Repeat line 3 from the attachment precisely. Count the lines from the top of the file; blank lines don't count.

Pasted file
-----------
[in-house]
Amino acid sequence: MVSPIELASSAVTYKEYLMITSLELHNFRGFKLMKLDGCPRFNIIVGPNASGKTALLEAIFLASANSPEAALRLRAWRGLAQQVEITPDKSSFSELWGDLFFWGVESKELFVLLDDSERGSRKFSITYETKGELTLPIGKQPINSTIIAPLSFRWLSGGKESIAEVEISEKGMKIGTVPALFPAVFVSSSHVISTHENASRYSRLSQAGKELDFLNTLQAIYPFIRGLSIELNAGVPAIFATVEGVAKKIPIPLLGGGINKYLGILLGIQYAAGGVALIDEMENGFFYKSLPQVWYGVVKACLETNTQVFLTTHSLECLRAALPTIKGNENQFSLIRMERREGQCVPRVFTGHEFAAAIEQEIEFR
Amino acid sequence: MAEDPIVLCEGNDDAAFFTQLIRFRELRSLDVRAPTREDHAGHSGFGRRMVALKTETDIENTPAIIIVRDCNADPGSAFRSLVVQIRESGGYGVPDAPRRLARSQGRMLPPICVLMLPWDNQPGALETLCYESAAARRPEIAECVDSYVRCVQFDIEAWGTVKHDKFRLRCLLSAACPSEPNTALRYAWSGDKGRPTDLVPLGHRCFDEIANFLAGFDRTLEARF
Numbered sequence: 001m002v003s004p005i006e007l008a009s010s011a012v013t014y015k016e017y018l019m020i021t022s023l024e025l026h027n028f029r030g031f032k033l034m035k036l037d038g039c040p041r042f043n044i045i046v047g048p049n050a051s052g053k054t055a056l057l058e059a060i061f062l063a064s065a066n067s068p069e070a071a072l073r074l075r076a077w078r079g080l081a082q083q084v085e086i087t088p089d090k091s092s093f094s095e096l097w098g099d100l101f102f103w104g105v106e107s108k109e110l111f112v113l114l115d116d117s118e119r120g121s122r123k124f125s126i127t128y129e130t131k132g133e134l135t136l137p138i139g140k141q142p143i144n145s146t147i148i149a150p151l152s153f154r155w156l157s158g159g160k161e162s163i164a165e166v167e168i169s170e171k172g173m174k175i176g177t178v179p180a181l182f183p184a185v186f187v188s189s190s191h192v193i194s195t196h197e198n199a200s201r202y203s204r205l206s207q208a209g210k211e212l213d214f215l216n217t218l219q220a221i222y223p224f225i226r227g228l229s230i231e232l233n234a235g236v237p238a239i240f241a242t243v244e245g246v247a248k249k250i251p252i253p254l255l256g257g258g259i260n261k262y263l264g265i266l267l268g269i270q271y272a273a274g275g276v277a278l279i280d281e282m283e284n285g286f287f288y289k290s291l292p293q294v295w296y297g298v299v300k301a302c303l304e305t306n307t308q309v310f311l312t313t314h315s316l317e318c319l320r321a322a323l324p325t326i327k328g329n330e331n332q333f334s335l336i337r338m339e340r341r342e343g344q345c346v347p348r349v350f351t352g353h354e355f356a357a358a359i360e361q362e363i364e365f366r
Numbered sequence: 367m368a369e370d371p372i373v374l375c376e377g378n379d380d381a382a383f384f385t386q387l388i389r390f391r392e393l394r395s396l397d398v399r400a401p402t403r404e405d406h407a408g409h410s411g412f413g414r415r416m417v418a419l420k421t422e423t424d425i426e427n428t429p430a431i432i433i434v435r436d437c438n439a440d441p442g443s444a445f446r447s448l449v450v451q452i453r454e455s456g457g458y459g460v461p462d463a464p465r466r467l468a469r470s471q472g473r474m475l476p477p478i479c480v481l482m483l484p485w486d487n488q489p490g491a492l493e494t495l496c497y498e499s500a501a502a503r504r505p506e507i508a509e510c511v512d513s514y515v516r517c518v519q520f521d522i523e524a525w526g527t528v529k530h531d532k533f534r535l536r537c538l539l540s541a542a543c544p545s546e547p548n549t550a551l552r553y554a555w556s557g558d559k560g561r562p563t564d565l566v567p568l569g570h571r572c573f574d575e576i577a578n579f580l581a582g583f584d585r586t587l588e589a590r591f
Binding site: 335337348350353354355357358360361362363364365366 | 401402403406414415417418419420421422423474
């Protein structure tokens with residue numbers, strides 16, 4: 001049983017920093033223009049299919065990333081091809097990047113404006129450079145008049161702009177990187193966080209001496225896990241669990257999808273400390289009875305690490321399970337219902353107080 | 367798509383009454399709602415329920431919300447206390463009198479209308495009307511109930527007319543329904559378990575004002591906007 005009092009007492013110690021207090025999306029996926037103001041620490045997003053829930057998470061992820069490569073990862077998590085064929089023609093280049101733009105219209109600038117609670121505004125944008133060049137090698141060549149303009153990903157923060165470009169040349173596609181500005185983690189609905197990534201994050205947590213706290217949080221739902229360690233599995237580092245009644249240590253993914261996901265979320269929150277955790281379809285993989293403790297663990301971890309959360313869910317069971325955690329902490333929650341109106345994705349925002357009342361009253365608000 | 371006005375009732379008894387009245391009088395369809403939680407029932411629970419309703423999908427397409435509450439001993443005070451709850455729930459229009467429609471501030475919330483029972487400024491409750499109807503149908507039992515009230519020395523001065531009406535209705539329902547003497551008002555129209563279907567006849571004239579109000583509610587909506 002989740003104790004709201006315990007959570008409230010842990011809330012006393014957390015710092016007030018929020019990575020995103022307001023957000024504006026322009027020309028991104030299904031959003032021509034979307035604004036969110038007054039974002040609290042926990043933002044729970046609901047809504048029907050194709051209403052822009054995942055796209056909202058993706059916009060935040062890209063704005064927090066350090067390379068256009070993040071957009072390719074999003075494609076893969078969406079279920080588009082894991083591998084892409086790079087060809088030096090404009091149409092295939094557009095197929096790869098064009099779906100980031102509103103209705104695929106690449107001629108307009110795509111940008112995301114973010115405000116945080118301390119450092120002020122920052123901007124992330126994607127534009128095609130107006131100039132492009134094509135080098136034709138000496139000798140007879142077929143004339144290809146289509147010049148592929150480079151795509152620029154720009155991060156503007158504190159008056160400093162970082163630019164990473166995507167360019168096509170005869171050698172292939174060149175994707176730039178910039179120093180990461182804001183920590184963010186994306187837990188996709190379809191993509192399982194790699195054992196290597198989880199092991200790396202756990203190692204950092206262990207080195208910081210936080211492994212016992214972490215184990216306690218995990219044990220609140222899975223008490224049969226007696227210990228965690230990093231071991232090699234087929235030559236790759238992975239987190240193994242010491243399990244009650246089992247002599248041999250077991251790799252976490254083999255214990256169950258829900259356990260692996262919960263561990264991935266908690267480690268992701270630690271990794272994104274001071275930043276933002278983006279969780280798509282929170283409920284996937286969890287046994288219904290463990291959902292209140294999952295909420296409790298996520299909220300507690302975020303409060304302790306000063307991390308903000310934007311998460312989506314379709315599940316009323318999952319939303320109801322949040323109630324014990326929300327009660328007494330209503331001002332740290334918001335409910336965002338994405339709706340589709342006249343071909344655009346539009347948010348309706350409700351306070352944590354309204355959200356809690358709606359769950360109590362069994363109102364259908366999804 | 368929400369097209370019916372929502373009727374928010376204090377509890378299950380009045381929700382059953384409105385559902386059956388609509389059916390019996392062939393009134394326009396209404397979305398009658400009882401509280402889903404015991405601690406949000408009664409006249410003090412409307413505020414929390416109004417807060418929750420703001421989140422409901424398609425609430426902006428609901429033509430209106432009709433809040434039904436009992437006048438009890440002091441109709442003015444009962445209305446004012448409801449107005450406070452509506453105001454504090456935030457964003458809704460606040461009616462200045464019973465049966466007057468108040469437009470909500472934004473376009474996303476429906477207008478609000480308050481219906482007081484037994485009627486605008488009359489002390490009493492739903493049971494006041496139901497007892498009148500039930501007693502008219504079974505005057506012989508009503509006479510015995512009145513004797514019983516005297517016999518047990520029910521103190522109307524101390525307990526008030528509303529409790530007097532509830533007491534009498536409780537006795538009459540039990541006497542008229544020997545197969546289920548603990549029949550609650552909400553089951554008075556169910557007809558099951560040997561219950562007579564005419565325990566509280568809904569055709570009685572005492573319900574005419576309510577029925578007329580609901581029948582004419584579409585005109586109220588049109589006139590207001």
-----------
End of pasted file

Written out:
Amino acid sequence: MAEDPIVLCEGNDDAAFFTQLIRFRELRSLDVRAPTREDHAGHSGFGRRMVALKTETDIENTPAIIIVRDCNADPGSAFRSLVVQIRESGGYGVPDAPRRLARSQGRMLPPICVLMLPWDNQPGALETLCYESAAARRPEIAECVDSYVRCVQFDIEAWGTVKHDKFRLRCLLSAACPSEPNTALRYAWSGDKGRPTDLVPLGHRCFDEIANFLAGFDRTLEARF